Blocking egress traffic with an egress gateway and access policies works only if clients send traffic to the egress gateway through the client's sidecar proxy. If the sidecar proxy is bypassed, requests to an external endpoint might still be allowed, which can be a risk for malicious attacks. To make sure that no egress traffic is allowed, even if the client's sidecar proxy is bypassed, create a network policy that blocks all egress traffic in addition to setting up an egress gateway. You can further reduce the surface for malicious attacks by deploying the egress gateway to a dedicated node. Also note that you cannot apply other policies, such as outlier detection or active healthchecks, to the egress gateway.
Perform TLS origination with egress gateways
You can use an egress gateway to originate TLS connections and secure the connection to the external endpoint.
When a client request is sent to an external endpoint, the client's sidecar proxy intercepts this request and securely connects to the egress gateway via mutual TLS. The egress gateway then terminates the incoming TLS connection. To protect the connection from the egress gateway to the external service, you can choose to originate a new TLS connection at the gateway and encrypt the client request before it is sent to the external endpoint.
For more information, see Route all egress traffic through an egress gateway.
Routing examples for external services
Review the following routing examples to learn more about how you can leverage
ExternalEndpoint custom resources in your service mesh.
Route to an IP or hostname directly
The following diagram shows how you can use an external service resource to route traffic to an endpoint that is located outside your service mesh by using the endpoint's IP address, CIDR range, or hostname. To communicate with the external endpoint, the service in the mesh must know the IP address or hostname of the external endpoint that it wants to reach. No load balancing between external endpoints is provided. If the IP address or hostname of a database instance changes, you must update these values in the external service custom resource.
Route to an external endpoint by using the internal DNS name
The following diagram shows how you can leverage an external endpoint and external service resources together to set up an internal hostname for your database instances. If a service in the mesh wants to communicate with any of the database instances, a request is sent to the internal hostname. Services in the mesh do not need to be aware of the IP address or hostname of each individual instance. With this approach, traffic to the database instances is automatically load balanced.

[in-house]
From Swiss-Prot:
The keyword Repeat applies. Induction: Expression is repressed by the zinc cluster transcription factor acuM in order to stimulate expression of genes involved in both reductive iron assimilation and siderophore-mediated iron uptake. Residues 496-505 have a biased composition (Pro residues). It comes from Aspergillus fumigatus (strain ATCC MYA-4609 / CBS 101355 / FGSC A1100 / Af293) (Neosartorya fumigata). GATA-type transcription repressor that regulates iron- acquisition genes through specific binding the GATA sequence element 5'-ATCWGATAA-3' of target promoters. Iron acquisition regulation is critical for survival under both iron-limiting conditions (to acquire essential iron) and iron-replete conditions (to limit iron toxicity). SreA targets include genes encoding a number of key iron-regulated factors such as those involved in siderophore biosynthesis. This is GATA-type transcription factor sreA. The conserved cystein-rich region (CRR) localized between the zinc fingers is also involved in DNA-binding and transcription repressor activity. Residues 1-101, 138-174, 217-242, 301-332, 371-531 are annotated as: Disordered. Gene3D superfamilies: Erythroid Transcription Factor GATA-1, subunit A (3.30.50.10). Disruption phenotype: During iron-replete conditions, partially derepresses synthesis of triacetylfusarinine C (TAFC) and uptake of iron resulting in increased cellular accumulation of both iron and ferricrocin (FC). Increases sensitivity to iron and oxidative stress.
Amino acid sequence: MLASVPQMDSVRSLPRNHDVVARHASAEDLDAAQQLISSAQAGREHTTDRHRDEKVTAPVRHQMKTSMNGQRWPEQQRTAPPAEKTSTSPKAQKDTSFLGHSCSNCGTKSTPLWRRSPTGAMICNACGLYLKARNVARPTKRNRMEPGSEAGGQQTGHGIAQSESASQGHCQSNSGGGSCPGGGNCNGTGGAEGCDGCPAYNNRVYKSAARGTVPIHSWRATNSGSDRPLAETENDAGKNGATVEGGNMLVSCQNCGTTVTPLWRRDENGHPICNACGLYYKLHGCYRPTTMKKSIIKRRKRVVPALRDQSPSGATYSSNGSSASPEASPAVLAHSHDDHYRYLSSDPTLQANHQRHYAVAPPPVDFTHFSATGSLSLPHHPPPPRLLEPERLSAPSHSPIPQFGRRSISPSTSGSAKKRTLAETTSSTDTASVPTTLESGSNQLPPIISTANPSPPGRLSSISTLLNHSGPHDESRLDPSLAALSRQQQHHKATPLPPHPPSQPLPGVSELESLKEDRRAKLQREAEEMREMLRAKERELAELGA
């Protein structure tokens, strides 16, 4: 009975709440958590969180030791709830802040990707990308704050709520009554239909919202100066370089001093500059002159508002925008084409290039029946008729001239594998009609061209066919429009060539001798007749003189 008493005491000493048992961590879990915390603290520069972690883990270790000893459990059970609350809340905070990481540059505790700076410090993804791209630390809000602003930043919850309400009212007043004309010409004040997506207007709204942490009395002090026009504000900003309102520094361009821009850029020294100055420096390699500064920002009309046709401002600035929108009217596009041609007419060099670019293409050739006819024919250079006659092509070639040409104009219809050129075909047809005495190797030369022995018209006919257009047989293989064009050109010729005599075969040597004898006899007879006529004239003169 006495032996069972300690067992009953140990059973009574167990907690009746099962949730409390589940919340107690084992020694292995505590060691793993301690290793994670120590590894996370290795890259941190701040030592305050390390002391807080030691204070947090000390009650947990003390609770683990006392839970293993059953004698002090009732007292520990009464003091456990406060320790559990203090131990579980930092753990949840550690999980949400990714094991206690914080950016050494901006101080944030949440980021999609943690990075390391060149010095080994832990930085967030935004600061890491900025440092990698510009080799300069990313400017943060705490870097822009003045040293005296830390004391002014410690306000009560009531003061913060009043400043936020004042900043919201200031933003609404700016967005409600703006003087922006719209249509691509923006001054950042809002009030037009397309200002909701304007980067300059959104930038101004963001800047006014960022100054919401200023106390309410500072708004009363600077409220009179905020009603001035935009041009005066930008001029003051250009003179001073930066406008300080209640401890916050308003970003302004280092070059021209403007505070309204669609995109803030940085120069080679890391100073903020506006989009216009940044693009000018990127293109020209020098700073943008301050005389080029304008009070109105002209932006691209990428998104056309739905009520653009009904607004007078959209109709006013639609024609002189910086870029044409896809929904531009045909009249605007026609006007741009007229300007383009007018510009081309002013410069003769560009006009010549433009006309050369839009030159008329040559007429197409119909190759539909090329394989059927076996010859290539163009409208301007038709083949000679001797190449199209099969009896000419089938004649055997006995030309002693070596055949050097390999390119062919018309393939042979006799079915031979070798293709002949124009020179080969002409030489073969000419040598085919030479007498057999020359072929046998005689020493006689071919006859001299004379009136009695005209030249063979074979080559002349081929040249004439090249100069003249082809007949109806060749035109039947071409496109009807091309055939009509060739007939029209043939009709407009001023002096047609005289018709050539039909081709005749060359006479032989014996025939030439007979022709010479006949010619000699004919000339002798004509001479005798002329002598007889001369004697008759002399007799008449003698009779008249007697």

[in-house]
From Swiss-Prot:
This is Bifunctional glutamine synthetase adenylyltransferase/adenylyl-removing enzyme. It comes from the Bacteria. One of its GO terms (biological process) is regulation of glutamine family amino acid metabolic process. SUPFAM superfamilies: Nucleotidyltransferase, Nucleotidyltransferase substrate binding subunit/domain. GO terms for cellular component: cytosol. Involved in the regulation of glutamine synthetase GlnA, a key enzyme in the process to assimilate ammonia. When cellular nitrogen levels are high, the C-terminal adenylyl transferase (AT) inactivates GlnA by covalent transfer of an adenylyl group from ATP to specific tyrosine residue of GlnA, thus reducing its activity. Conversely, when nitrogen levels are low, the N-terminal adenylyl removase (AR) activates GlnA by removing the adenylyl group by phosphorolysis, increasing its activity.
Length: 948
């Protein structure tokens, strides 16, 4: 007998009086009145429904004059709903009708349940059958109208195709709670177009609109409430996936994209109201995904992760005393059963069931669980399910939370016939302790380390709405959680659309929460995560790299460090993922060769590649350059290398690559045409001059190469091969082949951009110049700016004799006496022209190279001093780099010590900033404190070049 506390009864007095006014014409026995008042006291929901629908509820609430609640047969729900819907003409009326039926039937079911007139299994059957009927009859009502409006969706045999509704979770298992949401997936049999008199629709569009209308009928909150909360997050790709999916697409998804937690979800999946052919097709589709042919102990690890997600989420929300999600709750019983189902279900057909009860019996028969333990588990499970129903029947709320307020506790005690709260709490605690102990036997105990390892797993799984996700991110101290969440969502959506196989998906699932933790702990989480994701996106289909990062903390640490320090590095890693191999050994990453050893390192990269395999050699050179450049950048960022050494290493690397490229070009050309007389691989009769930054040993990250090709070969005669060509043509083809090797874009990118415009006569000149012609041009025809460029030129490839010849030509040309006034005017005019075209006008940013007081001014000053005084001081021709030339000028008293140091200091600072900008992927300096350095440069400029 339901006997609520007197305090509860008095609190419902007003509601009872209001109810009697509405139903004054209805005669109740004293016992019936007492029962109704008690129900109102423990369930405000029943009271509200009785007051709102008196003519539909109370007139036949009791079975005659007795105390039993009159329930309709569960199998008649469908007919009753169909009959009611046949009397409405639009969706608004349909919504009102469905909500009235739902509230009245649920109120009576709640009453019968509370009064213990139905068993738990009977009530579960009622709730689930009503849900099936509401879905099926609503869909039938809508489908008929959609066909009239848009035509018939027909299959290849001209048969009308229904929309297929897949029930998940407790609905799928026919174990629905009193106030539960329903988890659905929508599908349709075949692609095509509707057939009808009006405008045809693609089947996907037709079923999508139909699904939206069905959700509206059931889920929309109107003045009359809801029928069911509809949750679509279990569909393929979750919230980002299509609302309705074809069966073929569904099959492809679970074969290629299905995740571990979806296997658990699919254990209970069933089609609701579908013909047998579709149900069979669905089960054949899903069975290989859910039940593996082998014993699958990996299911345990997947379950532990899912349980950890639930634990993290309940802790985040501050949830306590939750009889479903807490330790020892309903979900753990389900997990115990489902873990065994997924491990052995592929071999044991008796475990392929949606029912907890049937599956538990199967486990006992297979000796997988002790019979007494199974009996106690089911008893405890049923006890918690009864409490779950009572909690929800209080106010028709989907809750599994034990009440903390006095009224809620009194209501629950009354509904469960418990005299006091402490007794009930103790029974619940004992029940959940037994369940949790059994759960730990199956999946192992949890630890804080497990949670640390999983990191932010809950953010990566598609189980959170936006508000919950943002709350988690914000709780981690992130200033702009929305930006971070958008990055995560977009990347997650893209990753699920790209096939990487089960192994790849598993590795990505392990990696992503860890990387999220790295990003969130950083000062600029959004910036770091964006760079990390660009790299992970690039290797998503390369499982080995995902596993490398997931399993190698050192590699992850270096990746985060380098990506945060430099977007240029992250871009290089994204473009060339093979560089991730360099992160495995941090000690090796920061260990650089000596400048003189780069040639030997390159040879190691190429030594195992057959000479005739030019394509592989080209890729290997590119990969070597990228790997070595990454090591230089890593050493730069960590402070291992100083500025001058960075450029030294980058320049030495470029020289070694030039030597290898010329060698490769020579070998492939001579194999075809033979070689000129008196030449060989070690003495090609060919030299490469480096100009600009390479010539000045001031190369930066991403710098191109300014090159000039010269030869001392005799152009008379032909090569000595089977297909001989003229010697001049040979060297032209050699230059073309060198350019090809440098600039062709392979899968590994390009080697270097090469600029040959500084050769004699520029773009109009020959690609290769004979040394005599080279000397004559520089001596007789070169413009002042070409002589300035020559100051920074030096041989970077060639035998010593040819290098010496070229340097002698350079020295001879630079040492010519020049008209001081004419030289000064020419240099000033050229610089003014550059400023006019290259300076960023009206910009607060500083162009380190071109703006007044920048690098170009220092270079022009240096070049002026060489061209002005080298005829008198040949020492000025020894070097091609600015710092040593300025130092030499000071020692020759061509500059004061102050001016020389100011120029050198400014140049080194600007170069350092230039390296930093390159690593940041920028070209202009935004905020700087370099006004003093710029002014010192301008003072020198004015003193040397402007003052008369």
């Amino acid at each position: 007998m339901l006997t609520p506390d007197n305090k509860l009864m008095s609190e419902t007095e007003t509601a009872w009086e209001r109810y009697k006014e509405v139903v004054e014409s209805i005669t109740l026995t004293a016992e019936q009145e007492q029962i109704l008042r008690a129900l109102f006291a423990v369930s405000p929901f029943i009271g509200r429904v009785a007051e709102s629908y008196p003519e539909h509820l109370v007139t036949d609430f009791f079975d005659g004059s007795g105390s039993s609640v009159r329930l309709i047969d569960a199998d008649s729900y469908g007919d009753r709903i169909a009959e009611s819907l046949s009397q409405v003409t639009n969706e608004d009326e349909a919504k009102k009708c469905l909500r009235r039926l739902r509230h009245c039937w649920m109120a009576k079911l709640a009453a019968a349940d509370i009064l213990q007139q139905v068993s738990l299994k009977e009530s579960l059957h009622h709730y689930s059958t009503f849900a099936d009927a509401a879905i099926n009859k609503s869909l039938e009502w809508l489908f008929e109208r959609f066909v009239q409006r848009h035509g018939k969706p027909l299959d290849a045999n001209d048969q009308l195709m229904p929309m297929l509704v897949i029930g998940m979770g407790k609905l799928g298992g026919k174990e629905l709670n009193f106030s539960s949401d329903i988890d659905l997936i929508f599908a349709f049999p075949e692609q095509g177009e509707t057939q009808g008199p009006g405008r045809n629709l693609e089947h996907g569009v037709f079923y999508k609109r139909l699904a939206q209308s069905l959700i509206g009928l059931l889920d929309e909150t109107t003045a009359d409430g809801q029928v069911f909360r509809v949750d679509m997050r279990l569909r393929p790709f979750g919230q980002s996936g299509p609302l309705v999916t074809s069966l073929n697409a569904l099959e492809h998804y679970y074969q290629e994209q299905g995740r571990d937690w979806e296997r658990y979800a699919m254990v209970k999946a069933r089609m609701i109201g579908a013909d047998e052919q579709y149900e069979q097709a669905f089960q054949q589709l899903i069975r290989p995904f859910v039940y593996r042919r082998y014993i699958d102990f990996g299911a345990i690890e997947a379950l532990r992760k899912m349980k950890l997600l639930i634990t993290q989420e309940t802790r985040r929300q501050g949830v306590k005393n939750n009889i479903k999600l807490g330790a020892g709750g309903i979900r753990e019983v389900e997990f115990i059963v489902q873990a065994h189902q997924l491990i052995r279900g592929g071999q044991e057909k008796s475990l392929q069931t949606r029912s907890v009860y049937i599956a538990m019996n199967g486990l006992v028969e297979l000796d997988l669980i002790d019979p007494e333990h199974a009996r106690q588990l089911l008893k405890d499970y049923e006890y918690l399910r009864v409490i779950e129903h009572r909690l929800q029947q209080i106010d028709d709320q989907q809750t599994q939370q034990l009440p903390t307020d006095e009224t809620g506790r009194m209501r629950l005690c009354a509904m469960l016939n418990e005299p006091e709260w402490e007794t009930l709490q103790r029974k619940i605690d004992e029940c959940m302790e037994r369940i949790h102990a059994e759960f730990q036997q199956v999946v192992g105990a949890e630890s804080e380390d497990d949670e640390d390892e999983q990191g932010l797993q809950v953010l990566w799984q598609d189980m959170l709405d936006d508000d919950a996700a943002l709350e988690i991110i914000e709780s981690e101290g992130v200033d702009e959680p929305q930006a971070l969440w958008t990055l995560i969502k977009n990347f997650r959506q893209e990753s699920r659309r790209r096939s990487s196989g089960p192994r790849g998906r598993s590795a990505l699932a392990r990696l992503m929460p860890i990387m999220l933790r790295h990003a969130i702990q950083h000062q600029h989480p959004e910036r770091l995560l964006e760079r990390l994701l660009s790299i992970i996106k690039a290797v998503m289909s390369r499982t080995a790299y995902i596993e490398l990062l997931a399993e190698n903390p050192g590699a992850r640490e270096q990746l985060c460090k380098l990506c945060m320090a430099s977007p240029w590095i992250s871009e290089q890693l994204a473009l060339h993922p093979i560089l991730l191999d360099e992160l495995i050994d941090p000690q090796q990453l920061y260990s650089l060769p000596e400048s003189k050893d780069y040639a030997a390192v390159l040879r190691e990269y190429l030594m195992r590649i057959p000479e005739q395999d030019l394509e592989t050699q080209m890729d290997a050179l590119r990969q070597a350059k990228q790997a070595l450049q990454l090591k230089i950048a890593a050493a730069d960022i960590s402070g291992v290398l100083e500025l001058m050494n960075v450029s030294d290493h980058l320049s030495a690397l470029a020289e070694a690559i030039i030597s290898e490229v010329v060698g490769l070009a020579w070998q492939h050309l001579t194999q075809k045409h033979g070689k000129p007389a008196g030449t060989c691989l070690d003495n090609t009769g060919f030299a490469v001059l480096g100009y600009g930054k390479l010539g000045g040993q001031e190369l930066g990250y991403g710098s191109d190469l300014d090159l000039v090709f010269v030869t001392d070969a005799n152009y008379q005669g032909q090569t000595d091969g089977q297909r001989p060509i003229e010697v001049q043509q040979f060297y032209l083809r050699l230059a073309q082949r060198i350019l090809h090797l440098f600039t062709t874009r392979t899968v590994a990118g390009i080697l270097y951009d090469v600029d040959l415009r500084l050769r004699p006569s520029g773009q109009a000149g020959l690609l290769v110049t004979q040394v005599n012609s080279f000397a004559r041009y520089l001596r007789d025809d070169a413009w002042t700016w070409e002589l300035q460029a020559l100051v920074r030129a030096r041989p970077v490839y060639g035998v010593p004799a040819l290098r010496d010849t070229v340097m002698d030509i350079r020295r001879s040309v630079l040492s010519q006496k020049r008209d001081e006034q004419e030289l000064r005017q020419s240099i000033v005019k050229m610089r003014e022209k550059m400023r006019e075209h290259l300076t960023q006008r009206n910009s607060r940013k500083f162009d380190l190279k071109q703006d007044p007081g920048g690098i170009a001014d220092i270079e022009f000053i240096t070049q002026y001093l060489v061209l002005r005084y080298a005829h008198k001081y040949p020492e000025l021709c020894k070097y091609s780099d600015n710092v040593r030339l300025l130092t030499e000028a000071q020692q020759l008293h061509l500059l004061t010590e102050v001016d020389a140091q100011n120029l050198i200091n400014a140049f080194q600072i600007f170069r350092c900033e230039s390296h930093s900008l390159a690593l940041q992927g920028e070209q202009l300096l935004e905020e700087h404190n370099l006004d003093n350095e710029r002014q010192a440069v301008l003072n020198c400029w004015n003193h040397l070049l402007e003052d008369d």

Route all egress traffic through an egress gateway
Instead of sending traffic from a service in the mesh to an external endpoint directly, you can route all egress traffic through an egress gateway as shown in the following diagram. Because the egress gateway is part of the service mesh, the request between the client and the egress gateway is secured via mTLS. You must make sure that your client app makes the request to the external service by using the HTTP protocol. Then, the client's sidecar proxy encrypts the request via TLS and sends the request to the egress gateway. The egress gateway terminates the TLC connection and originates a new TLS connection with the target destination.
Apply overlapping external service configuration
In some cases, you might have overlapping configuration across multiple external service resources. Gloo Mesh validates the addresses that you specify in each external service, and does not translate an external service that defines the same address as an external service that already exists in your Gloo Mesh environment. However, you can apply external services that define the same address in different workspaces, if the workspaces do not import or export the external service resources between them. For example, you might represent the same database with the same address by applying an external service in a
staging workspace and by applying an external service in a
prod workspace. Because you do not import or export the external service resources between these two workspaces, the external service resources can be safely applied.